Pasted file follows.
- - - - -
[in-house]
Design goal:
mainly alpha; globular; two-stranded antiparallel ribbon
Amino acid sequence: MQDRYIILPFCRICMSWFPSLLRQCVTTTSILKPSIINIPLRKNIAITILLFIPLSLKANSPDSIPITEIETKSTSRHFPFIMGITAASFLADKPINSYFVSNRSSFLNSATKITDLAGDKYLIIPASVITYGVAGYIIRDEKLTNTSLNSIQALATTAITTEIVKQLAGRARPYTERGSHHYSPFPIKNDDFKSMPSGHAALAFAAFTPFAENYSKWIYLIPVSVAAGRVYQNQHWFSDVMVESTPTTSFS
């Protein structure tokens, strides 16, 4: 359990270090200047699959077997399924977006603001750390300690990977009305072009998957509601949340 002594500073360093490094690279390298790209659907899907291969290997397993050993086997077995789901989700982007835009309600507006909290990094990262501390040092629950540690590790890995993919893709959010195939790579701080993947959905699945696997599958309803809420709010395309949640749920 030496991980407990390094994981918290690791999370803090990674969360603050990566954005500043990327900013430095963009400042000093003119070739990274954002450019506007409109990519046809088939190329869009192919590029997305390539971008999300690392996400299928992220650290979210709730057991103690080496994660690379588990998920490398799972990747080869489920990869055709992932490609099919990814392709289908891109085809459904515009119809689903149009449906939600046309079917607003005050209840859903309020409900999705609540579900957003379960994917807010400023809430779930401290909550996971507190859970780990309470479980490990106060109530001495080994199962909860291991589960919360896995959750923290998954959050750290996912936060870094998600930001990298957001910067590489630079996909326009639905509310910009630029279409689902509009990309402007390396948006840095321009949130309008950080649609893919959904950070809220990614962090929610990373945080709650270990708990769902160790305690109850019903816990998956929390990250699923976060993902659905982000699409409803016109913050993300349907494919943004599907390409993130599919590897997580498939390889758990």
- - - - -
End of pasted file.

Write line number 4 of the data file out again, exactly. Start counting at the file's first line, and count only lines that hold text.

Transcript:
Amino acid sequence: MQDRYIILPFCRICMSWFPSLLRQCVTTTSILKPSIINIPLRKNIAITILLFIPLSLKANSPDSIPITEIETKSTSRHFPFIMGITAASFLADKPINSYFVSNRSSFLNSATKITDLAGDKYLIIPASVITYGVAGYIIRDEKLTNTSLNSIQALATTAITTEIVKQLAGRARPYTERGSHHYSPFPIKNDDFKSMPSGHAALAFAAFTPFAENYSKWIYLIPVSVAAGRVYQNQHWFSDVMVESTPTTSFS